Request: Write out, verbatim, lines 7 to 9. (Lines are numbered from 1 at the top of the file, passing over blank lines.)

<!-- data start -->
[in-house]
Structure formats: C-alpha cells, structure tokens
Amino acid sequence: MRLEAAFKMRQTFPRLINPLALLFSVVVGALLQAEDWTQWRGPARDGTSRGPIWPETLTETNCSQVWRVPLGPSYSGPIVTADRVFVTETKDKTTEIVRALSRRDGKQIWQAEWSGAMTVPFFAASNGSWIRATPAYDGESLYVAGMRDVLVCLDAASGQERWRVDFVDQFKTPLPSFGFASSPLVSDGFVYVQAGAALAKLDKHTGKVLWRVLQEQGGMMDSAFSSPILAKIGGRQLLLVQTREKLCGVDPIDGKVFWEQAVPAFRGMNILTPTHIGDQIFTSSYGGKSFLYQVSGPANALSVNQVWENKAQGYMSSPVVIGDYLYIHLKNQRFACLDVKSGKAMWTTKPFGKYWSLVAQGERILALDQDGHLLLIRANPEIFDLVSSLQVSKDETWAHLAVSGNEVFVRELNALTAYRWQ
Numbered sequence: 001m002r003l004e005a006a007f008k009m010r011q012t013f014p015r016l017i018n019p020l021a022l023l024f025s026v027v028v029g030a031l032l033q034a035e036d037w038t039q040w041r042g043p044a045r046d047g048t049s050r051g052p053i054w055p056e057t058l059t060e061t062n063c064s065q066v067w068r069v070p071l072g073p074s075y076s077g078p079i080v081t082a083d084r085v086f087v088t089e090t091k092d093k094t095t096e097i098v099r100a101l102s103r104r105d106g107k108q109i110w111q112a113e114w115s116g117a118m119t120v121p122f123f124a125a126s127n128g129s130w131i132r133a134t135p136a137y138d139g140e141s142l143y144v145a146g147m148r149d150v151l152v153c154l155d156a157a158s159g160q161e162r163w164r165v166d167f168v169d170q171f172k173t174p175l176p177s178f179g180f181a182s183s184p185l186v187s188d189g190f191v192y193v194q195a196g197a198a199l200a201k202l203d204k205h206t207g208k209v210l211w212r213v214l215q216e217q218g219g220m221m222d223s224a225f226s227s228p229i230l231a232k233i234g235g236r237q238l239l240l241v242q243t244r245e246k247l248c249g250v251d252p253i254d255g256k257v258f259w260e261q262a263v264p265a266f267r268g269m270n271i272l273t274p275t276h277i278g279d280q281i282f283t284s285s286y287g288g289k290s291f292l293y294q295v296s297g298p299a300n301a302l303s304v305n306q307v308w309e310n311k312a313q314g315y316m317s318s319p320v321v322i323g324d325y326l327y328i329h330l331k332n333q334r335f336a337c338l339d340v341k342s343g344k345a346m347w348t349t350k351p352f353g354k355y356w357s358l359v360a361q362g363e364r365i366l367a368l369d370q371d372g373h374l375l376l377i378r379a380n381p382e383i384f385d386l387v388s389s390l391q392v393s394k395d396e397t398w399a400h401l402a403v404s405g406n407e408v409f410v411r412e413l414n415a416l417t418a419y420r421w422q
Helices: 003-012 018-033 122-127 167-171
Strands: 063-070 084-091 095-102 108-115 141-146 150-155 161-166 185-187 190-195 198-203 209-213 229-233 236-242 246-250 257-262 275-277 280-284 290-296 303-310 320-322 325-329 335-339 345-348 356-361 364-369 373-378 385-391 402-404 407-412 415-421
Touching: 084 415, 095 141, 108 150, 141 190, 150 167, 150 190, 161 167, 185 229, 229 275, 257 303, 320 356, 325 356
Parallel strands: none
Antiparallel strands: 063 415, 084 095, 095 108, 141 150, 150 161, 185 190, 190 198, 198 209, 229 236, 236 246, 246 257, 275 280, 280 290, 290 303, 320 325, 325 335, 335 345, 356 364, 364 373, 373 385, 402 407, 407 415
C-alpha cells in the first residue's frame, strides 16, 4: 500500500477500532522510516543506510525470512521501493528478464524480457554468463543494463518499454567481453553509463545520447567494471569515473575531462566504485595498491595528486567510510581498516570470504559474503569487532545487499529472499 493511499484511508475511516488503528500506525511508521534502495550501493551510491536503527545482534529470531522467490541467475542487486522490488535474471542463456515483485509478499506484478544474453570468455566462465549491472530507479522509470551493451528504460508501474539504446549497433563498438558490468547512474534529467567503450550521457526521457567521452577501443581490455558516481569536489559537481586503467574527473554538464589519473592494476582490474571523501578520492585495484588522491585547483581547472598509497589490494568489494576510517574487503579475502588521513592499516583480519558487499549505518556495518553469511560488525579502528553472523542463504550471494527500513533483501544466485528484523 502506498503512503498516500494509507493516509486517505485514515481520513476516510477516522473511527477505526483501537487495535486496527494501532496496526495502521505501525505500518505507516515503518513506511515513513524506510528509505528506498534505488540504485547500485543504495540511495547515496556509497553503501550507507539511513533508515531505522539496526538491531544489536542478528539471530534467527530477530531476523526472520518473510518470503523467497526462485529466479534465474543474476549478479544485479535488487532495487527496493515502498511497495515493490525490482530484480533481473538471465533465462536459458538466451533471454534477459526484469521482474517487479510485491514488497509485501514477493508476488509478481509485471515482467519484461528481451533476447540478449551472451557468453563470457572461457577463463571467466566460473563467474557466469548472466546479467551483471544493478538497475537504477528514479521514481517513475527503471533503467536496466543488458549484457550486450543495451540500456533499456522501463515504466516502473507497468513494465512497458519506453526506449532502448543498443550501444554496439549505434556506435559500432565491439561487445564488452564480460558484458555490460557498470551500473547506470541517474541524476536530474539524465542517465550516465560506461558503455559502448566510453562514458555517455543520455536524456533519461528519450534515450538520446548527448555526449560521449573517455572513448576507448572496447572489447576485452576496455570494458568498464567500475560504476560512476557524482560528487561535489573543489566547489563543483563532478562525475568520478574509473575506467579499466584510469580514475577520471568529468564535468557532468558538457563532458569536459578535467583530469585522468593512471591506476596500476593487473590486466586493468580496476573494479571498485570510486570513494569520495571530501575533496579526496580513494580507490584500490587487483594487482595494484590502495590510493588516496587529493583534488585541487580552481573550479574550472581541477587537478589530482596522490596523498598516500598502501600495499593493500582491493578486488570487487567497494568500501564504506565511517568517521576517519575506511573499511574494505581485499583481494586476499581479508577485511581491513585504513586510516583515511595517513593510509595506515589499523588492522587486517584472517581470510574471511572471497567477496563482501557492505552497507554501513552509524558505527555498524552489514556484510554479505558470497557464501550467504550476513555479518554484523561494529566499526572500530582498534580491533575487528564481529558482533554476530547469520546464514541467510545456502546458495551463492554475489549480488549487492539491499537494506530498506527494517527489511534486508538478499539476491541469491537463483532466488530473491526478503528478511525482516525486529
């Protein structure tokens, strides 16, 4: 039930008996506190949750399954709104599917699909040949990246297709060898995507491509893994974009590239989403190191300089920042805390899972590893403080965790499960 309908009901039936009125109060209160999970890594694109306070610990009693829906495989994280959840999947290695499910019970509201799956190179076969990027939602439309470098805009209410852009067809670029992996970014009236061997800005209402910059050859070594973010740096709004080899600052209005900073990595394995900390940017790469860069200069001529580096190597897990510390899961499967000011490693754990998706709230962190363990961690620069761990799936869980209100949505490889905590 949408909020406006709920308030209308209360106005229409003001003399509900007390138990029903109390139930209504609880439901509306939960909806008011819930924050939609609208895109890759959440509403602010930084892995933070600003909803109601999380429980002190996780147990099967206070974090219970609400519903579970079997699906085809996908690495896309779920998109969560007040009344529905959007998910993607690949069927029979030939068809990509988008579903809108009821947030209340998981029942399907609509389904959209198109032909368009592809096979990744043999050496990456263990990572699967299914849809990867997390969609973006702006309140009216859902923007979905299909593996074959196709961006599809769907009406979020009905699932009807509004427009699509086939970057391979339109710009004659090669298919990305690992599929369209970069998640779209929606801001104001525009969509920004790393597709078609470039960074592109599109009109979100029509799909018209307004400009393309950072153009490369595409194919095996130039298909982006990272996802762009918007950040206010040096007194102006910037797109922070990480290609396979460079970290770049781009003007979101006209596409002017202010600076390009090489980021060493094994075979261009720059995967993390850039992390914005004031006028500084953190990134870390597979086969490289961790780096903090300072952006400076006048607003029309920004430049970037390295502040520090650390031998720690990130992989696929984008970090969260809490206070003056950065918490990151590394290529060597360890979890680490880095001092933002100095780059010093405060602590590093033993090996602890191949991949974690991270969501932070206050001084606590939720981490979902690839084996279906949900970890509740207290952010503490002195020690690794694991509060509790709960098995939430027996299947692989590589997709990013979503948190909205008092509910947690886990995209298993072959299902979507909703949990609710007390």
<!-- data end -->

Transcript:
Touching: 084 415, 095 141, 108 150, 141 190, 150 167, 150 190, 161 167, 185 229, 229 275, 257 303, 320 356, 325 356
Parallel strands: none
Antiparallel strands: 063 415, 084 095, 095 108, 141 150, 150 161, 185 190, 190 198, 198 209, 229 236, 236 246, 246 257, 275 280, 280 290, 290 303, 320 325, 325 335, 335 345, 356 364, 364 373, 373 385, 402 407, 407 415